Somebody needs to be fired.
Last week, in this space, I suggested that Arizona Basketball coach and former Pitt star Sean Miller should be fired if ESPN’s story about him being heard on an FBI wire tap discussing a $100,000 payment to a recruit was true.
After Miller vehemently proclaimed the story to be untrue Thursday and Sports Illustrated criticized the ESPN story for misrepresenting the facts, I thought it was time for the ESPN reporter, Mark Schlabach, to be fired. SI claimed Schlabach got the dates of the alleged conversation between Miller and a runner for an NBA agent wrong.
ESPN released a correction saying that the conversation took place in 2017 and not, as Shlabach reported, in 2016.
The date was important because the recruit to whom Miller was alleged to have offered money, Deandre Ayton, was already signed to Arizona by 2017.
If Schlabach had done a sloppy job of reporting that could have cost Miller his job and his reputation, he should been fired Thursday.
But ESPN corrected it’s correction and doubled down on the claim that the conversation took place in 2017. Schlabach went on ESPN Sportscenter Thursday night and said, “Based on my conversations this weekend, I have no reason to believe anything in that story is inaccurate. The telephone conversation recorded by wiretaps remains under seal. If and when that seal is removed, we’ll find out.”
That’s a big if and a big when.
You’ll have to excuse me if I take a guilty until proven innocent approach when it comes to cheating at the upper levels of college basketball, but, for now, Miller has to be given the benefit of the doubt.
And let’s not forget how many times we’ve seen major athletes and coaches, who turned out to be guilty as sin, look into a camera and profess their innocence.
Miller has a reputation as a major control freak and his top assistant was indicted on federal charges of conspiracy to commit bribery and wire fraud. Feel free to believe that Miller had no idea what his top assistant was doing.
- Apparently, Penn State running back Saquon Barkley had a really impressive workout at the NFL combine. Great 40-yard dash time. Impressive vertical leap. If you saw this kid play, do you really need to know, within a hundredth of second, what his 40 time is? Do you need to see him jump? Have you seen him run with a football on a football field? Draft him. Sign him up.
- Friday was the 25th anniversary of what may have been the beginning of the greatest performance in Pittsburgh sports history. Mario Lemieux returned from treatments for Hodgkins Disease – that’s cancer – and went on a ridiculous tear to pass Pat LaFontaine and win the 1993 NHL scoring title.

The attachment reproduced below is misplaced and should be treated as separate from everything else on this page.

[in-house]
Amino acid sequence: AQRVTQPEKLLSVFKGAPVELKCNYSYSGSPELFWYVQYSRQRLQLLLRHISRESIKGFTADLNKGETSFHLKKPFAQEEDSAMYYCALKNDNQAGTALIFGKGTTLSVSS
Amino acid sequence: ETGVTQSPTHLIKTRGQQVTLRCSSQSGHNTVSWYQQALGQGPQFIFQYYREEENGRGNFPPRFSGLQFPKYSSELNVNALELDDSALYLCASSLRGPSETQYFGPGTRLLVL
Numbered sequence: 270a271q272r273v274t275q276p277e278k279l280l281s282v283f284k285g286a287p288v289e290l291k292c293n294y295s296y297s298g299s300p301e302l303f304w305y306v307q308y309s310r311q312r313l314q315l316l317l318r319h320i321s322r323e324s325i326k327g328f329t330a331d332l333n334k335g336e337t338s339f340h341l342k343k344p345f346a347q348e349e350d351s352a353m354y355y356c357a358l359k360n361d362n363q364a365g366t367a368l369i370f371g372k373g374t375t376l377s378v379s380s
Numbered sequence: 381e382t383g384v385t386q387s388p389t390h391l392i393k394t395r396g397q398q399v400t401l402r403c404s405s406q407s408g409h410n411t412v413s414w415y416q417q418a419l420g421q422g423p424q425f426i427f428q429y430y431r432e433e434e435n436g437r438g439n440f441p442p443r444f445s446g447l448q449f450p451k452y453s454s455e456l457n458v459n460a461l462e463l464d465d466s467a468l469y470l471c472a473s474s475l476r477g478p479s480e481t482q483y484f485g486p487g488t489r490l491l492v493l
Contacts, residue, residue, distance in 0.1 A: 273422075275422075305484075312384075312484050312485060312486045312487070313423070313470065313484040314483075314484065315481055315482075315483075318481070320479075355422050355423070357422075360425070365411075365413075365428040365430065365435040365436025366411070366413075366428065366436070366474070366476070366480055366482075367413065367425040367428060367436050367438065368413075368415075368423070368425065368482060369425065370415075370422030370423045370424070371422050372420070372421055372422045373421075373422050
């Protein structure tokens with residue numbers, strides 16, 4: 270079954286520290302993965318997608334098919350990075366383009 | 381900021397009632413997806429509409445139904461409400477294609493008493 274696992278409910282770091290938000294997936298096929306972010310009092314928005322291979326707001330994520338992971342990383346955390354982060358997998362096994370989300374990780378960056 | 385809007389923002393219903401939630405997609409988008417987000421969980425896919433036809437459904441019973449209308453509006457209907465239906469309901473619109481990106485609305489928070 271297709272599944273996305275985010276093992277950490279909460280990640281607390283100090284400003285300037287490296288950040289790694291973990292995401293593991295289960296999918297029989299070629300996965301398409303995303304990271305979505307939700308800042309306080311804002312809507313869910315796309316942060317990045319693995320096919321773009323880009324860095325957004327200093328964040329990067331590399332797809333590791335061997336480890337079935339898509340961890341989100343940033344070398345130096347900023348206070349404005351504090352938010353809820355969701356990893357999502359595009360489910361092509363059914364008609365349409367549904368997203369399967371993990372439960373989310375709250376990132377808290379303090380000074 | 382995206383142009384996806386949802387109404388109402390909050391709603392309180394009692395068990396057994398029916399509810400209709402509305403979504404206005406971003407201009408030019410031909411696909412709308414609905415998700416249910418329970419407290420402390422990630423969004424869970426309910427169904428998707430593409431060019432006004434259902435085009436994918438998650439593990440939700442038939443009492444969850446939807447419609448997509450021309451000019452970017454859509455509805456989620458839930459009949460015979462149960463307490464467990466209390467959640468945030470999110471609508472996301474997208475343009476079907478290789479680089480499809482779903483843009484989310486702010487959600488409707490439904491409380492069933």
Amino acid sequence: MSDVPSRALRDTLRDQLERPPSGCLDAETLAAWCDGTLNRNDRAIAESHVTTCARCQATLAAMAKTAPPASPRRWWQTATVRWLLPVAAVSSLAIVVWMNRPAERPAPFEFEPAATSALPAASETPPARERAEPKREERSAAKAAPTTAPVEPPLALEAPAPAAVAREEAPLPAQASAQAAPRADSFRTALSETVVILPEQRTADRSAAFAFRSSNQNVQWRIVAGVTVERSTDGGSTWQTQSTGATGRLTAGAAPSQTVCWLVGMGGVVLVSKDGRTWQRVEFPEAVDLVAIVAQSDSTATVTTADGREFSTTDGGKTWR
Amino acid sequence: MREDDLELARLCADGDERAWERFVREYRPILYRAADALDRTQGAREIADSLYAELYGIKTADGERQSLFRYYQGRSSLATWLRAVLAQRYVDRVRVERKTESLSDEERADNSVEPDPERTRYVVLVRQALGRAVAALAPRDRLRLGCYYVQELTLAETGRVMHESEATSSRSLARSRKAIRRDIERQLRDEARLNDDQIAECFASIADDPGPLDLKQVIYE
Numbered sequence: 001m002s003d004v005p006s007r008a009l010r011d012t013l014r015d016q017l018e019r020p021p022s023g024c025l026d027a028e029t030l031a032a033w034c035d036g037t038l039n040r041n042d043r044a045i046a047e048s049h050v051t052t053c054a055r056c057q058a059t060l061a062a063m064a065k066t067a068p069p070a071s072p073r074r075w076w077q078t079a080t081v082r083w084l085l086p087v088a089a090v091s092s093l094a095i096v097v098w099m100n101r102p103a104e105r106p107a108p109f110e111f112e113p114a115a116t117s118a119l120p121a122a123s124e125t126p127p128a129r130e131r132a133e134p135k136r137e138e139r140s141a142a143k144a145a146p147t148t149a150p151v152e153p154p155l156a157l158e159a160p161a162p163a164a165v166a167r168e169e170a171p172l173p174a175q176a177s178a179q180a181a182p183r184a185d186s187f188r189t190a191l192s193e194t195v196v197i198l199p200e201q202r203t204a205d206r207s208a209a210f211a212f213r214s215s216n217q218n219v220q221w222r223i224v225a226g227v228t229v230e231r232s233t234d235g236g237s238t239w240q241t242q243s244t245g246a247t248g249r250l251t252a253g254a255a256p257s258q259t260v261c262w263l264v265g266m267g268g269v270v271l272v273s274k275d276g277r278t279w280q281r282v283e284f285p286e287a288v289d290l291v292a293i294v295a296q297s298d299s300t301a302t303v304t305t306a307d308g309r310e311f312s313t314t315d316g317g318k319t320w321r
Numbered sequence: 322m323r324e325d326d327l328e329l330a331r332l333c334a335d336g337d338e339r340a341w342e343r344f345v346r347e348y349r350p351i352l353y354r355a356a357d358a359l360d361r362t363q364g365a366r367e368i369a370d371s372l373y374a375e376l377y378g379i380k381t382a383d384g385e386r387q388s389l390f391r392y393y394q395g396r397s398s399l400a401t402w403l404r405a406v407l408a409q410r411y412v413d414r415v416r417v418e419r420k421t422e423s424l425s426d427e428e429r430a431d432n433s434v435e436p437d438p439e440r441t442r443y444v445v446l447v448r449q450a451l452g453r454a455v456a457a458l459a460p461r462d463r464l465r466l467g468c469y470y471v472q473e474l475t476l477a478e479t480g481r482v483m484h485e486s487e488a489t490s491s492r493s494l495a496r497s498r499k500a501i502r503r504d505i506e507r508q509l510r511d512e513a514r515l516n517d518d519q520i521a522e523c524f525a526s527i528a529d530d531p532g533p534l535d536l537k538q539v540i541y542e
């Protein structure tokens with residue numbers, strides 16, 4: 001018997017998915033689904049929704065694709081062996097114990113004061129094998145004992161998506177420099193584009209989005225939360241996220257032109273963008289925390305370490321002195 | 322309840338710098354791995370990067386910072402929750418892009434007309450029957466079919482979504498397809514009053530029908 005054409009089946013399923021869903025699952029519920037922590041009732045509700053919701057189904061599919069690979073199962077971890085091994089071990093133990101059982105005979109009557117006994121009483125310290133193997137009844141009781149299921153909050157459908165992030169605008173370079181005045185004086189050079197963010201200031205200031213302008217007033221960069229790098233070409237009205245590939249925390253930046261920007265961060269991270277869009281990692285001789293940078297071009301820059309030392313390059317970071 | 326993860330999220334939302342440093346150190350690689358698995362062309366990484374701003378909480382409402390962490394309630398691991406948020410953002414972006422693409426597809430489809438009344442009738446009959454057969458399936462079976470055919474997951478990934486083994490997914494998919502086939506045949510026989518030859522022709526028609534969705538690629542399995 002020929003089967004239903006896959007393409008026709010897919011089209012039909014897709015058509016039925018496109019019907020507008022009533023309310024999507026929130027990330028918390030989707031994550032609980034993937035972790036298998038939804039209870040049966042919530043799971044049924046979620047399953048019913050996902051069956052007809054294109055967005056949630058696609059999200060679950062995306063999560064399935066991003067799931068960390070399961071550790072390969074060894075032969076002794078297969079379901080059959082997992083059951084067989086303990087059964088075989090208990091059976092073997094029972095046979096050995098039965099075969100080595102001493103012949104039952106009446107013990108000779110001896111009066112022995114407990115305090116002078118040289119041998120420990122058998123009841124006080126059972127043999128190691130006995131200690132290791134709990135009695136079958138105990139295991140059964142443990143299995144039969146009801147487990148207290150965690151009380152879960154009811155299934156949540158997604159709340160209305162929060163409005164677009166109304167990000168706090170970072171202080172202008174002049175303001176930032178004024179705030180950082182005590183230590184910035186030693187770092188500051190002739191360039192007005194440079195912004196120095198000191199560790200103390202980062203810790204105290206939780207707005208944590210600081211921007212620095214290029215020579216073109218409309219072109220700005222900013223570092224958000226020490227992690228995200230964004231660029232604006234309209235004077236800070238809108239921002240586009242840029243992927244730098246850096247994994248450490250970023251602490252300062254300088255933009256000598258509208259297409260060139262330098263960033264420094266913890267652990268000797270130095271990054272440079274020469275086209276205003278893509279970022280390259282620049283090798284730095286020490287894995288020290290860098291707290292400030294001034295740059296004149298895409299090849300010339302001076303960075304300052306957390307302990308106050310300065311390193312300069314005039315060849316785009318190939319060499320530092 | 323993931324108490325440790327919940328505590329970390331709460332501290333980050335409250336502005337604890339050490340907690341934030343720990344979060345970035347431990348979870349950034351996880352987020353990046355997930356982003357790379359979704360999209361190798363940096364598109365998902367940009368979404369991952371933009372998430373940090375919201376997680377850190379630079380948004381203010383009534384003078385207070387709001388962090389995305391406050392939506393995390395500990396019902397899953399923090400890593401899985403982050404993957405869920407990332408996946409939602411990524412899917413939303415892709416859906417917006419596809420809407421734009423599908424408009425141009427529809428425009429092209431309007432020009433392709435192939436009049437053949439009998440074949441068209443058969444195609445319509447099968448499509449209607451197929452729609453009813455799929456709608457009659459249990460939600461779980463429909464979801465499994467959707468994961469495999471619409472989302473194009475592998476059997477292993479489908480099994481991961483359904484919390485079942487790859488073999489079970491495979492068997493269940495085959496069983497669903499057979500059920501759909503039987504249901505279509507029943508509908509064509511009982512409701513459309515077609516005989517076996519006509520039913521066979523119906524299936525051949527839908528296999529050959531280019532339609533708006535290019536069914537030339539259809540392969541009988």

The Flyers fans gave him a standing ovation before the game that night and he scored a goal. LaFontaine had a 12-point lead in the scoring race with 20 games to go.
Lemieux won the scoring title by 12 points.
All he did in the 20 games was score 30 goals with 26 assists.
It’s one of the big reasons why I consider him the best player I have ever seen in any team sport.
Coming out of retirement at 35, after a three-and-a-half year layoff, and becoming the best player in the league 30 seconds after stepping on the ice was just as much of a factor.
- You know you have serious problems if you spend more than 10 seconds talking about a quarterback’s hand measurements.
- Josh Allen of Wyoming is my favorite quarterback in this year’s NFL draft. It’s been said he can throw a football 90 yards. After seeing him on tape, I wouldn’t doubt it.
- Mark Malone once told me that Terry Bradshaw could throw it 100 yards. I never got Bradshaw to prove it. Kordell Stewart’s Hail Mary for Colorado against Michigan went 75 yards in the air. He might have been able to hit 90 without shoulder pads and a helmet.
- Analyze the Penguins all you want. Goaltending will determine whether they win their third Stanley Cup in a row.
- People who think Louisville quarterback Lamar Jackson should be a wide receiver in the NFL might want to talk to Warren Moon, Joe Theismann and Doug Flutie. How about figuring out a way to take advantage of all of his talents?
- If you like all of those exciting touchbacks in the NFL, you’ll love the new rule proposed by the NCAA. A kick returner will have the option of signaling for a fair catch anywhere inside the 25-yard line. The ball would then be placed at the 25. Kickoffs are just too dangerous. And somebody at the NCAA doesn’t like the idea of pinning the return team near its own goal line.
What’s the point of having someone catch the kickoff if he has no interest in returning it? Apparently, the plan for both the NFL and NCAA is to incrementally eliminate football.